Bed Bath & Beyond: Cleaning House
After initially filing for a potential proxy fight, in late April 2019, the activist campaign at Bed Bath & Beyond kicked off with a lengthy presentation from the above entities to the company’s investor base. This presentation criticized almost every facet of the company’s management; from executive pay to individual store design. The presentation focused particularly on their CEO Steven Temares’ compensation package, which totaled USD 14,605,042 in 2018, while the remaining Named Executive Officers collectively made USD 30,271,726. Temares, who had served in the role since 2003, resigned shortly thereafter.
In response to this campaign, the company’s board has recently seen a significant reshuffle. In May 2019 alone, nine new directors joined the board, five being appointed on May 1, 2019 : Harriet Edelman, Harsha Ramalingam, Andrea Weiss, Mary A. Winston and Ann Yerger. In addition to these new members, another four were appointed to the board effective May 29, 2019, pursuant to an agreement with the activist group: John E. Fleming, Sue E. Gove, Jeffrey A. Kirwan and Joshua E. Schechter. The addition of these new members results in an almost complete board turnover during the past two years, with 12 of the 13 members having joined within that timeframe. Moreover, former directors and co-founders, Warren Eisenberg and Leonard Feinstein were displaced from their positions as co-Chairmen of the board, and granted the status of co-Chairmen Emeriti, with no entitlement to attend board meetings and no voting powers at such meetings.
While the activist campaign calling for an increase in value creation is not new in the field of corporate governance, conflicting ideas about how to best create that value has been a core issue between boards, executive teams, and investors across the business world for years. So why, in this particular case, was the activist campaign successful?
We do note that the company reported its first decrease in sales in conjunction with its first net loss for the FY 2019. However, the company has been lagging behind the median of its own disclosed peer group in several key financial performance indicators such as net income, enterprise value, three-year TSR, and economic profit since at least 2016. Moreover, the CEO’s compensation has outpaced that of the median of the company’s peer group, as displayed in the graph below:
|Bed Bath and Beyond’s Disclosed Compensation Peer Group (2018)|
|Dillard’s, Inc.||AutoZone, Inc.|
|Burlington Stores, Inc.||Williams-Sonoma, Inc.|
|Dick’s Sporting Goods, Inc.||Nordstrom, Inc.|
|Big Lots, Inc.||Macy’s, Inc.|
|Advance Auto Parts, Inc.||L Brands, Inc.|
|Tractor Supply Company||Kohl’s Corporation|
|Ross Stores, Inc.||The Gap, Inc.|
|O’Reilly Automotive, Inc.||Foot Locker, Inc.|
|Dollar Tree||Dollar General Corporation|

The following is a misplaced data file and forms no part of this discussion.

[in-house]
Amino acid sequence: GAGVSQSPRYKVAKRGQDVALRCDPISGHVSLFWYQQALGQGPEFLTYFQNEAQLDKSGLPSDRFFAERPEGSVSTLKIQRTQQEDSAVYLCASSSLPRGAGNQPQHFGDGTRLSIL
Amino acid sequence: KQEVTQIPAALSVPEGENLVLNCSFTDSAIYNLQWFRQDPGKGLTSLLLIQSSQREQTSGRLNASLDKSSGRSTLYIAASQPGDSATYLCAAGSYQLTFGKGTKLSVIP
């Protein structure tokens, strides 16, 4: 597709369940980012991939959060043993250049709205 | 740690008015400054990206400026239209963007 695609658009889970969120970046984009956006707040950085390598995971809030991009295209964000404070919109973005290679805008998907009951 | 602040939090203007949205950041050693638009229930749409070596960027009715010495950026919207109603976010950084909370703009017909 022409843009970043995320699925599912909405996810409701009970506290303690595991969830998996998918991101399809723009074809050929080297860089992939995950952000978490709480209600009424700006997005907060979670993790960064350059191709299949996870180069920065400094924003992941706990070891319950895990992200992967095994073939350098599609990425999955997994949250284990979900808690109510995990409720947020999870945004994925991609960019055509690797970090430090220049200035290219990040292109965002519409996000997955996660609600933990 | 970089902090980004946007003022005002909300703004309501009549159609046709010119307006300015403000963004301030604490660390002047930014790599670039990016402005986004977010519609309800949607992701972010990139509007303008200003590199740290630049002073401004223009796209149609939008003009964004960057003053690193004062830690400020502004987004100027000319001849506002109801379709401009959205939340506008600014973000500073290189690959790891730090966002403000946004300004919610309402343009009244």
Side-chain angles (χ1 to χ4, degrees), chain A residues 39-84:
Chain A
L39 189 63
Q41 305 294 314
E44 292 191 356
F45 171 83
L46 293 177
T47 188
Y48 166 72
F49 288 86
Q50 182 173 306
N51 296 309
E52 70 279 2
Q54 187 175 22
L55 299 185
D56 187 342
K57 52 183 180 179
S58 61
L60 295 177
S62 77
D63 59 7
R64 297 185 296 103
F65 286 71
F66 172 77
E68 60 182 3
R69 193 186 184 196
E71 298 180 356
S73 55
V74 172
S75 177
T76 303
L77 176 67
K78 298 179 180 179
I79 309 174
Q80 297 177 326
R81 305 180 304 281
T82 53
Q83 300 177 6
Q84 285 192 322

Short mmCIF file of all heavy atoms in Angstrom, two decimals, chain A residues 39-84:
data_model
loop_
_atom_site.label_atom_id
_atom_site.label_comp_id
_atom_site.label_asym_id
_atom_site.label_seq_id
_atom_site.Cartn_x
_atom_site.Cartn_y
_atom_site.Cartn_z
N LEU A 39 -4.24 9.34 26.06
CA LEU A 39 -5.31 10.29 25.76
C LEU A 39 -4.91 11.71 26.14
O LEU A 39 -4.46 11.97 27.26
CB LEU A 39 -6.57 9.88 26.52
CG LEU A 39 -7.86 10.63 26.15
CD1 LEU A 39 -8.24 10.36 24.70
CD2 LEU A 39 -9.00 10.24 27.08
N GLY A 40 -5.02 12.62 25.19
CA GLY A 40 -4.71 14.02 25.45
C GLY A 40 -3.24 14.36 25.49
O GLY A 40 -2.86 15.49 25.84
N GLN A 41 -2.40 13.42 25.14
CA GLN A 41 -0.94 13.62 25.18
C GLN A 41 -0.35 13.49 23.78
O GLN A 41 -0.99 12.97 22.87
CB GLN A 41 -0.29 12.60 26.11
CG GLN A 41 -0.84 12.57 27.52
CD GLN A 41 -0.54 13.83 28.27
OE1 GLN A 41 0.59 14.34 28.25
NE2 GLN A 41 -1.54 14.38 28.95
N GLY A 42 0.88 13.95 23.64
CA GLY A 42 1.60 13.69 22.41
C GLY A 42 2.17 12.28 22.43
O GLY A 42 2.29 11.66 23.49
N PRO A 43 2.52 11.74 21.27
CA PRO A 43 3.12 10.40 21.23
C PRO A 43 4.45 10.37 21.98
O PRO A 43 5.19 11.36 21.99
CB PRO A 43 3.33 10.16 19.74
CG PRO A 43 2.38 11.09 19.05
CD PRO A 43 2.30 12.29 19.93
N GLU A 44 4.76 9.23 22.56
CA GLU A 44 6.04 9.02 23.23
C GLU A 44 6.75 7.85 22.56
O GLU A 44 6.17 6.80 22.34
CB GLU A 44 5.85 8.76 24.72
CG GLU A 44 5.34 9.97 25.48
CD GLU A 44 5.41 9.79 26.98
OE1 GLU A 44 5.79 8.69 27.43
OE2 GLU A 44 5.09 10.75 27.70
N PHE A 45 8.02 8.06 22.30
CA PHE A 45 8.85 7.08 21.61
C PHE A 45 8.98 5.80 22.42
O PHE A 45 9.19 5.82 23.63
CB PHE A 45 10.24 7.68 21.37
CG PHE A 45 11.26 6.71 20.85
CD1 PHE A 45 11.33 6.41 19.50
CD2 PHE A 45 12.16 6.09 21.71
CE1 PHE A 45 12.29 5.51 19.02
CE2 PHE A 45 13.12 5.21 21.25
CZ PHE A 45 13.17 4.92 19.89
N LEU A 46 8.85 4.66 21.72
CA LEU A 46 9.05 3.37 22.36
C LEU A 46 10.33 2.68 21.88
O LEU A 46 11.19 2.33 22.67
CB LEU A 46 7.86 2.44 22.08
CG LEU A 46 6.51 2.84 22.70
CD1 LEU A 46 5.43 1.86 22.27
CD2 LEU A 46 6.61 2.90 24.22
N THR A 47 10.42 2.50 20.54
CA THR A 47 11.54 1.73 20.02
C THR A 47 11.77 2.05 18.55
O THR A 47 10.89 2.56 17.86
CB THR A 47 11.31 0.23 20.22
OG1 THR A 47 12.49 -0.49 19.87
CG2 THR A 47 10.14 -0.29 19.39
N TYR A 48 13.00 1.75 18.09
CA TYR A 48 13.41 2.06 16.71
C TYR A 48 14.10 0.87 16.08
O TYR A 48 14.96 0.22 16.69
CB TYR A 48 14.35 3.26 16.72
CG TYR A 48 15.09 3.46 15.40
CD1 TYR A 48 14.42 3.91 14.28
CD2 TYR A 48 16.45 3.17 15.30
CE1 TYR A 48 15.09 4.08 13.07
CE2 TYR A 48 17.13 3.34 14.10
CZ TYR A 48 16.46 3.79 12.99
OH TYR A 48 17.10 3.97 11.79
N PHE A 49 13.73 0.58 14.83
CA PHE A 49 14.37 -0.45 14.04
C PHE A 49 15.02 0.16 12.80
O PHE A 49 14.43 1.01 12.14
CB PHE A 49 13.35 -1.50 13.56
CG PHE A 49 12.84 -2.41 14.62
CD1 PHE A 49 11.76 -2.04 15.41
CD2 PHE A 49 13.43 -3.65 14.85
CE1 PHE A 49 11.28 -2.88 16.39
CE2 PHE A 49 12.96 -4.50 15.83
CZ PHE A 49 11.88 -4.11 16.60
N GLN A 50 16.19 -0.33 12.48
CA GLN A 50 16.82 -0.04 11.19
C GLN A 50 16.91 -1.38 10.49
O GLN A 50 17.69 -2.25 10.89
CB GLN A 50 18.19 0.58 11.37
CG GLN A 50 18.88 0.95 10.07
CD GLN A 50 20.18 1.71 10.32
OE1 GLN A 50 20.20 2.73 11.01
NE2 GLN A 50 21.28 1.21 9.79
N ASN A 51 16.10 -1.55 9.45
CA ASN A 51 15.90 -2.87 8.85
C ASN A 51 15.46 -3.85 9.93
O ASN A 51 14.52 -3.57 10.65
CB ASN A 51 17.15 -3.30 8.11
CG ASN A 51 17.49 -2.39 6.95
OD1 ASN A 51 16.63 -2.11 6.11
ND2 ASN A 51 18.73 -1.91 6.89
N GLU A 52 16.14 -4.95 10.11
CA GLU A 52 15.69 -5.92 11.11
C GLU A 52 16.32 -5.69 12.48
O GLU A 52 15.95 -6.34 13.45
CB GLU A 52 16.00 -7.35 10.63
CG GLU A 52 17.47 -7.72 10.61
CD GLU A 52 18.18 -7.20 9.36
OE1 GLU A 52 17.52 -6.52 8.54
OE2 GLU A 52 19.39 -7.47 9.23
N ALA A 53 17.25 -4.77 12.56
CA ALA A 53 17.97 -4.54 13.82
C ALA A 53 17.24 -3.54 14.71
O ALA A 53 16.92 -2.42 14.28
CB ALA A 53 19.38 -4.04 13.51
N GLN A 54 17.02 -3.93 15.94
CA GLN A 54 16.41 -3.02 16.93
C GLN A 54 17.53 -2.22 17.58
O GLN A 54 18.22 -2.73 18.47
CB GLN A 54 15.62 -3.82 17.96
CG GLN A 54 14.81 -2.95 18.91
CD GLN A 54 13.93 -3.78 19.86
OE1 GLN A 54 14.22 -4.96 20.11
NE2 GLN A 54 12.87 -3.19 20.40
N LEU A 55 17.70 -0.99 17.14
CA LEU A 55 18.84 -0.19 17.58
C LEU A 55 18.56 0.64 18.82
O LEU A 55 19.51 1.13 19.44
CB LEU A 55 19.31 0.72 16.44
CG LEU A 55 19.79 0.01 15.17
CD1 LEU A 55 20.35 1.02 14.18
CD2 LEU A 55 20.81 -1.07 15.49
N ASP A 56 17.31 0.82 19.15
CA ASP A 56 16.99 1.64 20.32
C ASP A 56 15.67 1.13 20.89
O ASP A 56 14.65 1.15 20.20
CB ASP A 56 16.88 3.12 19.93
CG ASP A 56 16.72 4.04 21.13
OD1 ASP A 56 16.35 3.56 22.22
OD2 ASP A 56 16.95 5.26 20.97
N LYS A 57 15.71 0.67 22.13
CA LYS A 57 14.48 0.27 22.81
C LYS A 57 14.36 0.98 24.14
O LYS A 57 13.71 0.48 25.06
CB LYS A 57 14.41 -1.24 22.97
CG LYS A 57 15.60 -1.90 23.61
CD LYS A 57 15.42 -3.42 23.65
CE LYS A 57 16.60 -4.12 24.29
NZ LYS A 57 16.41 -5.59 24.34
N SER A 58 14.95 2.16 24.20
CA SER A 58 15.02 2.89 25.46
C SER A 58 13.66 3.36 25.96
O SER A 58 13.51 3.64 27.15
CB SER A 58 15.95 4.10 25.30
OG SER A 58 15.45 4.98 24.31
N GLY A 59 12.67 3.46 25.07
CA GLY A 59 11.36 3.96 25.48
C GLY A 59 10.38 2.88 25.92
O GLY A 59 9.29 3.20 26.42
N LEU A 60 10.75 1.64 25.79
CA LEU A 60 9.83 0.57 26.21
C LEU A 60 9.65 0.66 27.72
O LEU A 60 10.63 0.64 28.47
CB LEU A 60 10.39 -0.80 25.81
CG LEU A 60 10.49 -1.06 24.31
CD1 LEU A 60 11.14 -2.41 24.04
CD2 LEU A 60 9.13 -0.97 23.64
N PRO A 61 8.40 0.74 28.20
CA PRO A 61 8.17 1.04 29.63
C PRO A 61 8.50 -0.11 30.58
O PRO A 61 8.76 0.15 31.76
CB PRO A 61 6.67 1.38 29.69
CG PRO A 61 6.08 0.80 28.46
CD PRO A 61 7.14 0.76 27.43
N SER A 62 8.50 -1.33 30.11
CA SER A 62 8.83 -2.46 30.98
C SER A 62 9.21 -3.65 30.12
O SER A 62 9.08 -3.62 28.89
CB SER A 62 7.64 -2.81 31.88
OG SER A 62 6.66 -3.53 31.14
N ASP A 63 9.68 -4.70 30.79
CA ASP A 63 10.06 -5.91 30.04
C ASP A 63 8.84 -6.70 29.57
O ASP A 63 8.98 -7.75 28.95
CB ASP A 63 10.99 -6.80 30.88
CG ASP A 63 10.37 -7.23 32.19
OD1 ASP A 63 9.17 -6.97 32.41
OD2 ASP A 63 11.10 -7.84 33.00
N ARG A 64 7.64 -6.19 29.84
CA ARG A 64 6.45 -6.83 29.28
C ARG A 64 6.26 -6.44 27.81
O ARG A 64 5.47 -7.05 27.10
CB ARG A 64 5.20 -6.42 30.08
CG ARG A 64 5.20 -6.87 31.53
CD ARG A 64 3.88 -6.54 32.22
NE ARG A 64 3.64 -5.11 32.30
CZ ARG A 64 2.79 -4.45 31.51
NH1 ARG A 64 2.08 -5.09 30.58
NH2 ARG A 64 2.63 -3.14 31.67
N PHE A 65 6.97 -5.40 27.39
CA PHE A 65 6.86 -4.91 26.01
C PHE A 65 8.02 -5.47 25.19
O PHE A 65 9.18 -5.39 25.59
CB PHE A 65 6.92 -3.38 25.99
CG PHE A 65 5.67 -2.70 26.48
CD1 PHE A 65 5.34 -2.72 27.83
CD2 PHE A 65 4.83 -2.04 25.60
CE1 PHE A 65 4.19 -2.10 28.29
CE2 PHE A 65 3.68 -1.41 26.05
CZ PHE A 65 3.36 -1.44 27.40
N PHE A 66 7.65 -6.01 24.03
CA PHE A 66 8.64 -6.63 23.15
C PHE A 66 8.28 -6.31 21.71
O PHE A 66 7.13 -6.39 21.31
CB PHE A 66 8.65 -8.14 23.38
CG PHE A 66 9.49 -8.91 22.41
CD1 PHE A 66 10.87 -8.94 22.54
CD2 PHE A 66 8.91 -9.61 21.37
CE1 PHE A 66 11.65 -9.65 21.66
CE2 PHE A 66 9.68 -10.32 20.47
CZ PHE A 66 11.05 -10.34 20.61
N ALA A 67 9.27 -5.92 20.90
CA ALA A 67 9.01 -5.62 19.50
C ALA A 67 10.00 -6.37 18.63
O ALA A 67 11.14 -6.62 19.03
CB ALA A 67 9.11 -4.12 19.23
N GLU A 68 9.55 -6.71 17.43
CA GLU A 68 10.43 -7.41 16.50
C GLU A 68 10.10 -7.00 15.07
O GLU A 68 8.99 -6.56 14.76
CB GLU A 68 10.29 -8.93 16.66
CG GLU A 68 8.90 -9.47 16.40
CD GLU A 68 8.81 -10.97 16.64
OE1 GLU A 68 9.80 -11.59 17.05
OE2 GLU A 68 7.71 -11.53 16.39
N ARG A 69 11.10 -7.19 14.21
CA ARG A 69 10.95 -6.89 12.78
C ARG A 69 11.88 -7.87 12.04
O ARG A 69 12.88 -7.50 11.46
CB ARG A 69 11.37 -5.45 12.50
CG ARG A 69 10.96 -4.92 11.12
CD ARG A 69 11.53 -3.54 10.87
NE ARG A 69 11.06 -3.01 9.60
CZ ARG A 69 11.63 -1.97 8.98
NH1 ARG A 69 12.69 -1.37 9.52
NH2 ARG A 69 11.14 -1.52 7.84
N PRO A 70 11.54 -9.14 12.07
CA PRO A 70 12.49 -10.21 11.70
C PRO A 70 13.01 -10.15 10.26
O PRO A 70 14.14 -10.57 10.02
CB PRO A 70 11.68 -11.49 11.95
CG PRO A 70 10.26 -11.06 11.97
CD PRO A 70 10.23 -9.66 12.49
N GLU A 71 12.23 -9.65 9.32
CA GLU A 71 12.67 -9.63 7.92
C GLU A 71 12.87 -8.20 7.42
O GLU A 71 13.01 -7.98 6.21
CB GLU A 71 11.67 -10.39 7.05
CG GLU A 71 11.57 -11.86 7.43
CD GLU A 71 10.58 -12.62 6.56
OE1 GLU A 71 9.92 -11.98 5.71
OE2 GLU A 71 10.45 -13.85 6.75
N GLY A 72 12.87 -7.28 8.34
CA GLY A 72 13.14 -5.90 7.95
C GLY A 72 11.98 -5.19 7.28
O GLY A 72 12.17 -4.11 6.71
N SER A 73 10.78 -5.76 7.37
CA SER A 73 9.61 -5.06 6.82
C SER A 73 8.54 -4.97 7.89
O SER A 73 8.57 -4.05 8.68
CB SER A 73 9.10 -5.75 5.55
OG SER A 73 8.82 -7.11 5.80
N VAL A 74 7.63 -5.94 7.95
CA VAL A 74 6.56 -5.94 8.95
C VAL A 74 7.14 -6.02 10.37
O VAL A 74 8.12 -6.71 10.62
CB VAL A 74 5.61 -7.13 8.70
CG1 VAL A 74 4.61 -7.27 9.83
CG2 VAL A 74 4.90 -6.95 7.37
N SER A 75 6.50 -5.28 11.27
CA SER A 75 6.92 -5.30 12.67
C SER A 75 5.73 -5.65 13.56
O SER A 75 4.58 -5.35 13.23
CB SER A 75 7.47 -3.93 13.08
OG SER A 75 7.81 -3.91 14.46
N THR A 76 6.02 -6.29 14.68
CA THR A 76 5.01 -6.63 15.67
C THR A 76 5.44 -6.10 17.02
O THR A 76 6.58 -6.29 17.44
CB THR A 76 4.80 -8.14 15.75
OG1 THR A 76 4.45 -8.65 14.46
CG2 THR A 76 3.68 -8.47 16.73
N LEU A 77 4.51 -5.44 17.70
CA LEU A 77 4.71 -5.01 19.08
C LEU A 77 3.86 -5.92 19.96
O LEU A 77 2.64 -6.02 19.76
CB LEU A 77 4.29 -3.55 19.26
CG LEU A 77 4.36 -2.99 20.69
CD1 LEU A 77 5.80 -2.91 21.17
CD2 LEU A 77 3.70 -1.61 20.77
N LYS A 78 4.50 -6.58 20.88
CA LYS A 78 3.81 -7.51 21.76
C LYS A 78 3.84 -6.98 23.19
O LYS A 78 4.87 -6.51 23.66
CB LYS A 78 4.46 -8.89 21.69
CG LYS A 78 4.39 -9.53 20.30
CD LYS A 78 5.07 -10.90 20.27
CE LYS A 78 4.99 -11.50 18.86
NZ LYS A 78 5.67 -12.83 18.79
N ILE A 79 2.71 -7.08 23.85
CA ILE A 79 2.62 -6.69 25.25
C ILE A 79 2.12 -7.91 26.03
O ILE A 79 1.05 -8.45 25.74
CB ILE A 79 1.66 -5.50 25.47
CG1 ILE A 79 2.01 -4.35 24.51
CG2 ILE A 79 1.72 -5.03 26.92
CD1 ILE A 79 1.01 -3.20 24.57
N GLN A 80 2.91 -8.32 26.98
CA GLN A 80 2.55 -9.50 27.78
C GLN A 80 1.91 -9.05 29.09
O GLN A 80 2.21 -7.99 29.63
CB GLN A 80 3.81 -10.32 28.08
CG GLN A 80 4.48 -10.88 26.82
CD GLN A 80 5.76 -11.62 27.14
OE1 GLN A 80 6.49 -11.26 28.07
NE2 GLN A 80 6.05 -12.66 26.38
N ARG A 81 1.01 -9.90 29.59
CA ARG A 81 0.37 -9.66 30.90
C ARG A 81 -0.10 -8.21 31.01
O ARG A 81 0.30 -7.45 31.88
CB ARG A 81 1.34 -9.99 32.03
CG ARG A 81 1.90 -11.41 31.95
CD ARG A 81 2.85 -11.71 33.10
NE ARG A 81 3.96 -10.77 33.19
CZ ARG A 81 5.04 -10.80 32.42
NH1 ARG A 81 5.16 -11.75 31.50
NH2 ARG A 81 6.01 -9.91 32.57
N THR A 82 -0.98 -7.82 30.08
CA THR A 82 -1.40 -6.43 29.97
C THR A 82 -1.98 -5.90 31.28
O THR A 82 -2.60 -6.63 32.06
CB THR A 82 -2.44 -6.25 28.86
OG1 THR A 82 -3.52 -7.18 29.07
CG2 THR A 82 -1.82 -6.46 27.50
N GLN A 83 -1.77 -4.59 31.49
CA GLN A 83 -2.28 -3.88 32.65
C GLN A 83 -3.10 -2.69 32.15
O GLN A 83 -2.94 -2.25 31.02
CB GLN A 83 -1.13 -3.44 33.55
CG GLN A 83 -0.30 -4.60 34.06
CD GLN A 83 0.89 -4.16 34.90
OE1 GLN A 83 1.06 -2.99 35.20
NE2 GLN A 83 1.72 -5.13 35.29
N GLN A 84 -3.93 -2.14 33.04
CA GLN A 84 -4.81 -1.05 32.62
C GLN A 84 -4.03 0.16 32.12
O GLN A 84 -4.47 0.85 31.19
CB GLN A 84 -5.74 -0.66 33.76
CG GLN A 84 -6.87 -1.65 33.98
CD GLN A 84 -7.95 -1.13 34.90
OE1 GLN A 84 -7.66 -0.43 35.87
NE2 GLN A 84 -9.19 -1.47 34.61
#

|Office Depot, Inc.|
Moreover, we find that the activists’ criticisms of the CEO’s remuneration may have gained traction when comparing the company CEO’s Total Realized Pay versus its own disclosed peer group for FY 2018. Bed, Bath and Beyond’s Total Realised Pay appears to be out of alignment with the company’s performance.
The CGLytics research team has also taken a deeper look to evaluate the current board. Utilizing CGLytics’ governance and data analytics platform we find that after all changes recently undergone to the board, Bed Bath & Beyond scores extremely well in nearly every category, except for the Director Interlocks and Nationality Dispersion metrics. The board does have several director interlocks, and diversity of nationality also appears low, as 92% of the board is local to the US.
All other effectiveness attributes score high, with most of them having a score of 100, driving the overall health score of the company at 85 points (Excellent), 10 points above the sector average.
These metrics show that the board contains an age gender diverse group of directors with experience and expertise in all areas measured by the CGLytics platform.
The effectiveness attributes in the chart above are based on the company in question’s governance practices compared to the corporate governance code of the market in which it is primarily based (in this instance, the NYSE Governance Guidelines). The thresholds above are set by empirical research performed by CGLytics. Each attribute receives a score from 0 to 100, with a score of 100 reflecting the best governance practices
In summary, as Bed Bath & Beyond’s stock price has fallen approximately 80% over a five-year span due to potential mismanagement, ineffective business strategy, and a lack of innovation, the recent changes within the structure of the management and advisory team provide a potential clean slate for the company. Interim Chief Executive Officer, Mary Winston will be at the helm looking to captain the ship as the company searches for stability after an intense period of significant upheaval.
Corporate boards and executive teams increasingly require a broader range of analytical tools to identify potential areas of reputational risk, even for controlled companies, which could make them the target for activist campaigns. For more information regarding how CGLytics’ deep, global data set and unparalleled analytical screening tools can potentially help you identify these areas of risk, click here.
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